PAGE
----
Are pugilists involved?

No, Boxing Day has nothing to do with the sport of boxing. There are actually several theories about the origin of Boxing Day in England. One is that it had something to do with servants getting their day of rest the day after Christmas. Servants go home to their families bringing with them Christmas boxes from their employers. Christmas boxes are equivalent to Christmas presents. In a sense, it’s a Christmas bonus.

Another possible origin of Boxing Day comes from alms given to churches during Christmas day. Boxing Day is connected to the Feast of St. Stephen, which is commemorated the day after the birth of Jesus Christ. In the Roman times, boxes made of metal or clay were placed outside churches for collections connected to the saint’s feast day. The boxes were opened, some say during St. Stephen’s Day, and the monetary collections were given to the poor and needy. The Romans brought this practice to Britain.

No one can say exactly which origin of Boxing Day is accurate. What everyone is sure of, though, is that it has nothing to do with the sport of boxing or the many boxing greats like Muhammad Ali or Manny Pacquiao who have won and lost their fights in the boxing ring. It also has nothing to do with boxing up the decorations after Christmas. Finally, it has nothing to do with throwing away the boxes in which the Christmas gifts were placed.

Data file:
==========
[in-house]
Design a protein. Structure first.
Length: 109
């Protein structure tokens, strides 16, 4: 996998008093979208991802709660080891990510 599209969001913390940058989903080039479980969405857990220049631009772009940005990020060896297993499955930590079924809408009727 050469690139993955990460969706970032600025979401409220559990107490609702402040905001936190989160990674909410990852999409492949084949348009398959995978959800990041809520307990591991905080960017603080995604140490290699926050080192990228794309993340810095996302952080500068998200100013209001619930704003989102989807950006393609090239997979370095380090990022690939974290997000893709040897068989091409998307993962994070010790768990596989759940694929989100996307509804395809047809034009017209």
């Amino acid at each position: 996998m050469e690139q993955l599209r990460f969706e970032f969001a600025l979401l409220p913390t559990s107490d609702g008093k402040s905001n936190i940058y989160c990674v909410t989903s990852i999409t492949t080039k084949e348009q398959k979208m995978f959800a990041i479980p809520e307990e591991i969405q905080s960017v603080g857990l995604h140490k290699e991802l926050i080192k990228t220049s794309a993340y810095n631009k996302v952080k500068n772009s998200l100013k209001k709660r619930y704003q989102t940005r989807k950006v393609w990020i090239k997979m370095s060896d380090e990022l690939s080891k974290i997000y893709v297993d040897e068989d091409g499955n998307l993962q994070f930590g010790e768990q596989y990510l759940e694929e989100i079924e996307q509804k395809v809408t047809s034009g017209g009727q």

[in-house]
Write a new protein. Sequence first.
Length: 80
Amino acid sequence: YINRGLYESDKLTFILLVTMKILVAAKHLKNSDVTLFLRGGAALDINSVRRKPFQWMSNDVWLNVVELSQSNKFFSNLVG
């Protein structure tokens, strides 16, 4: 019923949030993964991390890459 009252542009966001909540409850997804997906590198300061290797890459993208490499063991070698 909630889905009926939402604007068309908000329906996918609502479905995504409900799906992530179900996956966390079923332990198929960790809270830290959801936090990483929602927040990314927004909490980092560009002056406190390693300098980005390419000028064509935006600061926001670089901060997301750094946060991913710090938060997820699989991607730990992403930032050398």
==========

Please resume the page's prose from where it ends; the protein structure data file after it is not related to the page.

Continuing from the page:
Presents in boxes

Traditionally, Boxing Day is a day when gifts of money, food or things are given to service people. Employers usually give out gifts in small boxes to their employees. The postman or the newspaper delivery person usually gets gifts from people on their route. Way back in the feudal times, land owners would gather their workers the day after Christmas and give them boxes with items like food, clothes, and practical goods like agricultural tools.